Meet the couple behind A Casa do Porco, which debuted at No.39 in The World’s 50 Best Restaurants 2019 and serves 10-course tasting menus at $33 a throw
There is no three-month wait for a table, no advanced payment system and the most expensive item on the menu is a 10-course tasting at 125 reais, or $33. It may be one of The World’s 50 Best Restaurants, but A Casa do Porco is not exclusive – it serves 16,000 customers per month and is determined to remain accessible. In fact, owners Jefferson and Janaina Rueda say that fine dining at popular prices is the future of gastronomy in Brazil.
Since its opening in 2015, A Casa do Porco, meaning House of the Hog in Portuguese, has been a runaway success in downtown São Paulo, in a neighbourhood not previously known for high-end food. A no-reservations policy means there are often four-hour queues, something that started at Janaina’s own casual bar-restaurant, O Bar da Dona Onça, which they opened together in 2006. But the Ruedas aren’t tempted to raise prices.
“Jefferson is bringing access to fine dining at popular prices, that’s why he has four-hour queues,” says Janaina. “We feel strongly that we mustn’t gentrify the area. There are a lot of homeless people around here, it’s a hub for sex workers and cross-dressers, and we need to look after these people, not push them out. All our restaurants have a very strong social mission. There’s a lot we can do through gastronomy.”
It’s not just the prices that are accessible; it’s the food too. In December 2018 they launched a more down-to-earth degustation inspired by popular food, including Janaina’s own version of the Brazilian national dish, feijoada, a stew containing pork, its offal and black beans. There are no smears, foams or spherification, just tasting-sized versions of pork crackling, roasted aubergine parmigiana and six-hour roasted pork with all the trimmings. All meat comes from pigs that roam freely while grazing on whey and vegetables in Jefferson’s hometown of São José do Rio Pardo.
A Casa do Porco's take on pork crackling from the 10-course menu
“If you live on the minimum wage and have two children, you either eat industrialised products or you go hungry,” says Jefferson. “Our mission is to give people access to good food, even if it means making less money.”
Aside from A Casa do Porco and Dona Onça, the couple also own Hot Pork, a fast-food kiosk selling organic hotdogs in biodegradable packaging for $2, ice cream shop Sorveteria do Centro, and a lab within the iconic Copan building where they work on new ideas and host chefs including Ferran Adrià. Their next opening, by 2021, will be Mercearia da Cidade, a bakery and grocery store selling healthy, organic versions of Brazilian household favourites such as yoghurts, charcuterie, bread and sweets. The idea is to turn their small corner of central São Paulo into a gastronomic hub for all.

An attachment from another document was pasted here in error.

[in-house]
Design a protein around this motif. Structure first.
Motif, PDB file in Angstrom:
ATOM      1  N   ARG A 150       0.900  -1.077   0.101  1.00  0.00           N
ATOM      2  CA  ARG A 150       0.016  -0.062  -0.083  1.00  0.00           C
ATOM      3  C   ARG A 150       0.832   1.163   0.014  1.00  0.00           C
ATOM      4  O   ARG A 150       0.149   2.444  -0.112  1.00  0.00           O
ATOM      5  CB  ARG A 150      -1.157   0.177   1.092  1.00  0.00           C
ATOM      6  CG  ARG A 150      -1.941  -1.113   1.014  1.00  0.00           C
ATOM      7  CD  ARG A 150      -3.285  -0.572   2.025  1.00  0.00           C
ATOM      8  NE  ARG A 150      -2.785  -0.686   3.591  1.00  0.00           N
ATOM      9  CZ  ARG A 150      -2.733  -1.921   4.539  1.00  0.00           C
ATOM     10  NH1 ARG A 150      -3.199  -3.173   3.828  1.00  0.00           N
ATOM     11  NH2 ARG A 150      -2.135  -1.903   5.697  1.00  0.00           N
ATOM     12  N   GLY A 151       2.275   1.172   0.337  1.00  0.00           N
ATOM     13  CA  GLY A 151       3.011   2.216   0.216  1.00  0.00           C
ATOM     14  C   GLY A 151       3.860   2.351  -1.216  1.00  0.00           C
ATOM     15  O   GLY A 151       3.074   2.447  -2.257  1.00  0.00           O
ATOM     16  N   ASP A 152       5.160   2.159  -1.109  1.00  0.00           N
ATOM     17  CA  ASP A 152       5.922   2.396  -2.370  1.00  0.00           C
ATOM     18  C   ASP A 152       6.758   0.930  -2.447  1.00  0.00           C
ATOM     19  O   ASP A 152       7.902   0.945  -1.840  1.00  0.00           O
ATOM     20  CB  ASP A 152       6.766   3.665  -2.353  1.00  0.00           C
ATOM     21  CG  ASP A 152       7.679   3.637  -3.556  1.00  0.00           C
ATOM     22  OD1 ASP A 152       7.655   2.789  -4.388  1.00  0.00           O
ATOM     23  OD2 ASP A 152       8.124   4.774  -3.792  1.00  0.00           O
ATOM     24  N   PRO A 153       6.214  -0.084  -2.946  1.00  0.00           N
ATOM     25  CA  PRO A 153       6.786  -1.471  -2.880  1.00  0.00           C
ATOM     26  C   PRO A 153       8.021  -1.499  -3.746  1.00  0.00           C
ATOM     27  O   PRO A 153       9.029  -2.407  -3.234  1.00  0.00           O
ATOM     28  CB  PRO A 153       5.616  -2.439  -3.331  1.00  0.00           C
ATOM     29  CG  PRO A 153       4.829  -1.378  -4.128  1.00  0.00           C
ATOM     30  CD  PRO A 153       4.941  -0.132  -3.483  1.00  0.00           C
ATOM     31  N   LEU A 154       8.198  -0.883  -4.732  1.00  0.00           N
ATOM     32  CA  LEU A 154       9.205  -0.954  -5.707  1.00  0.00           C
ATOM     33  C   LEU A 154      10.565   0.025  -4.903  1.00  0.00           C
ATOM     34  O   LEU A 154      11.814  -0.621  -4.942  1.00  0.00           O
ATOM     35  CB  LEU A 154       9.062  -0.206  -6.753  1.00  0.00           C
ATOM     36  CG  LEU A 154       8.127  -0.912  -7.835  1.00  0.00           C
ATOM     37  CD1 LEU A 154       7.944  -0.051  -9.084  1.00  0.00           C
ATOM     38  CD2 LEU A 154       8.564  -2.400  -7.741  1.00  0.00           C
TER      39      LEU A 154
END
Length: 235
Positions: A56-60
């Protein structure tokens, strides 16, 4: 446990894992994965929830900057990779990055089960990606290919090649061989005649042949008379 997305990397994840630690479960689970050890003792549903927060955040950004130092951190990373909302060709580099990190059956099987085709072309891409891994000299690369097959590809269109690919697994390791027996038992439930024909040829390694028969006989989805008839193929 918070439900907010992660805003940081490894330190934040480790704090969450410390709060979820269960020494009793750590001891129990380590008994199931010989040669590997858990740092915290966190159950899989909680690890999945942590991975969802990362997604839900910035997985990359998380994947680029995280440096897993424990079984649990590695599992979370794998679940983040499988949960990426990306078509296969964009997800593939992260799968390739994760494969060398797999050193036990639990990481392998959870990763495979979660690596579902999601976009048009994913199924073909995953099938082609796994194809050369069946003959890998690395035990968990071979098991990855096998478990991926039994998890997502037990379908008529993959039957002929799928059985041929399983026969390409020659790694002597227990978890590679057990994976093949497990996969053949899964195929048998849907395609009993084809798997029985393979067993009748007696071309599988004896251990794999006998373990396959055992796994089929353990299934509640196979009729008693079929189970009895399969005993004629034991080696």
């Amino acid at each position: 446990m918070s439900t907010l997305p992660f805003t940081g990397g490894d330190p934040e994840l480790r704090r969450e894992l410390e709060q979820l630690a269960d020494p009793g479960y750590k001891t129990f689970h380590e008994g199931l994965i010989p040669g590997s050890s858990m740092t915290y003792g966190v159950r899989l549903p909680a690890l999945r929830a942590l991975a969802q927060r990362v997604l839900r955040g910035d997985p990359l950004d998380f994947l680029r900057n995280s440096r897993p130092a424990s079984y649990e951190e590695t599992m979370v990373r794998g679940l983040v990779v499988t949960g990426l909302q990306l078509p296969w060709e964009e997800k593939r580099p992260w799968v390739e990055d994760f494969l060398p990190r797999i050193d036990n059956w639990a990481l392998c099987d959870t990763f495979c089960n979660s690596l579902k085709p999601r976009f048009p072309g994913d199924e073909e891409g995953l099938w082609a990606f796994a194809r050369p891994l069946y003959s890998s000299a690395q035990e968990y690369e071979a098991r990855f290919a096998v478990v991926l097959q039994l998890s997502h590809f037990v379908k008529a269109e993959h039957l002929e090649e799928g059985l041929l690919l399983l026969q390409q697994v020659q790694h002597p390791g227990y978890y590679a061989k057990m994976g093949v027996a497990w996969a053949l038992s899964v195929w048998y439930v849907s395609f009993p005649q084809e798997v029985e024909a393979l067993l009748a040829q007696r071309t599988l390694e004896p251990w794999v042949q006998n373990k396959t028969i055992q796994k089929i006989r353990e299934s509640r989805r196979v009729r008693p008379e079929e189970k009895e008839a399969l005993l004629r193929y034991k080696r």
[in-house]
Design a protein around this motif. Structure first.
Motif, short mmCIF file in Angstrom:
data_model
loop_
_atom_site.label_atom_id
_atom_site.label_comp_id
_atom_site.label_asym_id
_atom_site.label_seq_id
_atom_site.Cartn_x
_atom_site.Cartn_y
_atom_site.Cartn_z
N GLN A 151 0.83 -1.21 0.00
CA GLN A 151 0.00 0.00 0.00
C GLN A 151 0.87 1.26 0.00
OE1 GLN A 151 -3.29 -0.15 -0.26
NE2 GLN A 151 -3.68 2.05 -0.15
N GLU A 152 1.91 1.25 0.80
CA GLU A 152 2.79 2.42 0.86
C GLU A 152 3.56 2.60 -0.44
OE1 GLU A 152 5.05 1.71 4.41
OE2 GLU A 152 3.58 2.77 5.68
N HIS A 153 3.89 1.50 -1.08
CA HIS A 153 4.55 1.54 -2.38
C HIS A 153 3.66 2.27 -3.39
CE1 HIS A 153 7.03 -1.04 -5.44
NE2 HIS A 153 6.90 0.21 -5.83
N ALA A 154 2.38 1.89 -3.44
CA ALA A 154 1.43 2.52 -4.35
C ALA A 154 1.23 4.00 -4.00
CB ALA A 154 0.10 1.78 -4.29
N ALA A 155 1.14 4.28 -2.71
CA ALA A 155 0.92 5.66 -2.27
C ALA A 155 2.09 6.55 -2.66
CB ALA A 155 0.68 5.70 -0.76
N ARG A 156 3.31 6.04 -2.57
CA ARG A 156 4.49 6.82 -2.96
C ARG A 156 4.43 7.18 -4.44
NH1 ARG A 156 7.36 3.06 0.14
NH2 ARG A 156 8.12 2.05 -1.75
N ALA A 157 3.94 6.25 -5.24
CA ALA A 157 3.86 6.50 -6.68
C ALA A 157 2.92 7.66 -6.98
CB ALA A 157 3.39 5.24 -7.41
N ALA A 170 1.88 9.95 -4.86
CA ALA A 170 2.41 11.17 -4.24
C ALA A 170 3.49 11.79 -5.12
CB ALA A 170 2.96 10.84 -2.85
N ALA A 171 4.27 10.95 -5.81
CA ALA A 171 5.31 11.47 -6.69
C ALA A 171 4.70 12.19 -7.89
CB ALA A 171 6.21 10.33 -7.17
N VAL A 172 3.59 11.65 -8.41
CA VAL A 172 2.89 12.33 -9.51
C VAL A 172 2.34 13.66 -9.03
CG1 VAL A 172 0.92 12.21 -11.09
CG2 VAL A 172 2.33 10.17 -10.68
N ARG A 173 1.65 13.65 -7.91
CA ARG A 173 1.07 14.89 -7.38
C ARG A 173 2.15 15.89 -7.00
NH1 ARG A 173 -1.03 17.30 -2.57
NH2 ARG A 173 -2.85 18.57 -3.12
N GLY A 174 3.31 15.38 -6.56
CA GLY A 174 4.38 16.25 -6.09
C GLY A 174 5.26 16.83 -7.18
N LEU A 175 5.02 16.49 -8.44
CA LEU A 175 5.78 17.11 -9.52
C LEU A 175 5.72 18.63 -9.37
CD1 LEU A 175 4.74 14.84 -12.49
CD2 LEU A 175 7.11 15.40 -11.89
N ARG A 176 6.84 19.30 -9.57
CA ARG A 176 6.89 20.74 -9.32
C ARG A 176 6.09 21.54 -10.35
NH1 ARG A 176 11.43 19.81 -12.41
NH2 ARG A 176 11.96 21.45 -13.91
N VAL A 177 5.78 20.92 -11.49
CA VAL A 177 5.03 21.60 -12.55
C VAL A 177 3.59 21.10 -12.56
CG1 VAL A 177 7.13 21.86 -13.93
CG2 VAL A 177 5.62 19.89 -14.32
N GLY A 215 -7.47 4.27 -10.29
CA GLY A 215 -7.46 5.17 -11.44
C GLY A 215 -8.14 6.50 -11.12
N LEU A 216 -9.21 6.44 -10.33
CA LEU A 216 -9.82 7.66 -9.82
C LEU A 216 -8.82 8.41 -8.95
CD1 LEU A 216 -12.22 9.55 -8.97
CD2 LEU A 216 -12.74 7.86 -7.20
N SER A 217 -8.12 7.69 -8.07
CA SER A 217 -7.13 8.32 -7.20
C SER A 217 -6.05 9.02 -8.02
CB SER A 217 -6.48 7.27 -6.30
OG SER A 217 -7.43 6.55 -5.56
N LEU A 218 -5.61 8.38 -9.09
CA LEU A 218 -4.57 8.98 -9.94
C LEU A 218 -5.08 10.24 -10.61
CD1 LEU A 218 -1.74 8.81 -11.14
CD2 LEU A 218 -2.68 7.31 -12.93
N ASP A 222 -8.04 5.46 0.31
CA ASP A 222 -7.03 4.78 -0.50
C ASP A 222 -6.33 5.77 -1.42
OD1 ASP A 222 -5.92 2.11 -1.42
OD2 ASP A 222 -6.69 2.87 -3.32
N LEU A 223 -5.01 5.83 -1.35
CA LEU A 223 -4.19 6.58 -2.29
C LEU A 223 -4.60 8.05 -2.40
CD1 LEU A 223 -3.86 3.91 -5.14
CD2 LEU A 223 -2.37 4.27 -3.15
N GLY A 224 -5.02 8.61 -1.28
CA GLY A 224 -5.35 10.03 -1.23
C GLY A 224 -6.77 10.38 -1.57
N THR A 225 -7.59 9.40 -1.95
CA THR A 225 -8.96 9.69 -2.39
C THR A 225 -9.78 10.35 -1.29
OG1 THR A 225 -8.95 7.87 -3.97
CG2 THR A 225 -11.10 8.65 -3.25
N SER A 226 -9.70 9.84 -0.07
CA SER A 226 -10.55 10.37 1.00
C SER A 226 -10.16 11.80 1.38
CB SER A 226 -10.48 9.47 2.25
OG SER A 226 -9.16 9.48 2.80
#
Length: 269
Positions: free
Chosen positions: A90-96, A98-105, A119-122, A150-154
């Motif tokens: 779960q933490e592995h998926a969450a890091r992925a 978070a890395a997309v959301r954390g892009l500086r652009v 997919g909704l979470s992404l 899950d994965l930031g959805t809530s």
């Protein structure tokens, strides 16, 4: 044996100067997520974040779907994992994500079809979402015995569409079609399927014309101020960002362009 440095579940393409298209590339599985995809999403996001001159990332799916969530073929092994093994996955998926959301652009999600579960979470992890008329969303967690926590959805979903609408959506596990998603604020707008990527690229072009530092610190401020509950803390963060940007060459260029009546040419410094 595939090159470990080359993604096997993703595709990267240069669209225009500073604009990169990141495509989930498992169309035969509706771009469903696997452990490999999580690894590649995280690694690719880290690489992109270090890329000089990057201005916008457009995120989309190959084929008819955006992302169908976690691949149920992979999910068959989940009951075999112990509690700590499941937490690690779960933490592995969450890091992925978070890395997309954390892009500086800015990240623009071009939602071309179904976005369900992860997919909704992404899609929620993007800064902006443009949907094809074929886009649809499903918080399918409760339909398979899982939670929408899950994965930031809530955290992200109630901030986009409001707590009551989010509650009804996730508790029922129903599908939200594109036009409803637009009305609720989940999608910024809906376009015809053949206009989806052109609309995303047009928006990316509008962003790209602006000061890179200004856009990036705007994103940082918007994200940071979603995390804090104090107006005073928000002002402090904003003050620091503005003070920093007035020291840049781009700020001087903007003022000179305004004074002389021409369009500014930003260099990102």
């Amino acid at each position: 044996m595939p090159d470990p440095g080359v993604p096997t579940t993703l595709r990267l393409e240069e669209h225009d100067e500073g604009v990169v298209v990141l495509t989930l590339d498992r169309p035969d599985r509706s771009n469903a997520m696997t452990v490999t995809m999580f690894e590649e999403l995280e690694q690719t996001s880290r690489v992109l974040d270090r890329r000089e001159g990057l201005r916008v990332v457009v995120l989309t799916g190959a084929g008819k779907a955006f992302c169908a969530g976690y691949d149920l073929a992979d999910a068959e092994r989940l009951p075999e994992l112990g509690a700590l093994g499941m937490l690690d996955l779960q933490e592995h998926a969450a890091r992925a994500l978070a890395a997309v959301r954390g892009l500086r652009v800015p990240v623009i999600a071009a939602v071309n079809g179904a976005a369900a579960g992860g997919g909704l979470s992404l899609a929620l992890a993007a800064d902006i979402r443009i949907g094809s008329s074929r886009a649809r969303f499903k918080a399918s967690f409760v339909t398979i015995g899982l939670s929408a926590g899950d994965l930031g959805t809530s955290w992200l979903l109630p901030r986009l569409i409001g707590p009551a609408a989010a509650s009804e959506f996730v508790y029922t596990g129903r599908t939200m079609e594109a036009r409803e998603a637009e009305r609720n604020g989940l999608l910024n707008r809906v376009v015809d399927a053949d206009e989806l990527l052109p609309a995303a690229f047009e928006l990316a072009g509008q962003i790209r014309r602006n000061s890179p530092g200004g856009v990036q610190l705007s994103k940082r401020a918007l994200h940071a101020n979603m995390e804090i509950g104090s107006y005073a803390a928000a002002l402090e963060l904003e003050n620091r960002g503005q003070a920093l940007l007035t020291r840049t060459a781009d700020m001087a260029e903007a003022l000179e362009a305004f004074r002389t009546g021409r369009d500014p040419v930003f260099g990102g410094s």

While Jefferson is better-known internationally (he did a stage at El Celler de Can Roca and fronted Attimo, which entered Latin America’s 50 Best Restaurants list at No.32 in 2013), Janaina is a fundamental part of the business and its democratic approach. She grew up in downtown São Paulo and worked here from the age of 12, later learning to cook from Jefferson when she opened Dona Onça. She became a people’s champion, campaigning for healthy school meals and creating a menu that benefited 1.8 million school children – a project that has since been scrapped by the new government.
In contrast, Jefferson grew up on a farm in the São Paulo countryside, where he and his brother kept a calf as a pet. From the age of seven, he was cooking simple food for his own lunchbox, but he hated school, so he left to become a bricklayer. After an embarrassing mistake when he brought the wrong cut of beef home for his father, he decided to retrain as a butcher. He then studied at a local branch of the Culinary Institute of America and moved to São Paulo city at 19.
The couple met when Janaina worked as a sommelier and ambassador for Pernod Ricard and Jefferson was head chef at upscale Italian restaurant Pomodori. “He was so shy, he took six months to even say ‘hi’ to me,” she recalls. Pomodori was Janaina’s first introduction to fine dining and she says she felt uncomfortable with the idea of serving food to an exclusive group of people. “I believe in inclusive gastronomy; I’m a woman of results,” she says. “I never believed in serving the few. So when we got married, we expanded Pomodori.”
The engine room of the São Paulo restaurant
By the time Jefferson achieved international acclaim at Attimo, the pair had two young children (now 10 and 13), and he barely saw his sons. He left the restaurant and opened in the centre, allowing him to work within five minutes of his wife and their home.
Between their four businesses, they now serve around 30,000 people per month, and while many restaurants in the 50 Best lists are passion projects that don’t make money, both A Casa do Porco and Dona Onça turn a profit. The chef says he can afford to keep prices low because of the high volume and the fact that the restaurant opens 365 days year, from noon until midnight.
“The world is going to have a lot more mouths to feed, so how are we going to adapt? I’m looking at future nutrition, thinking more and more about sustainability,” says Jefferson. “I really have to roll my sleeves up and work hard, but this is the future of gastronomy that I believe in.”
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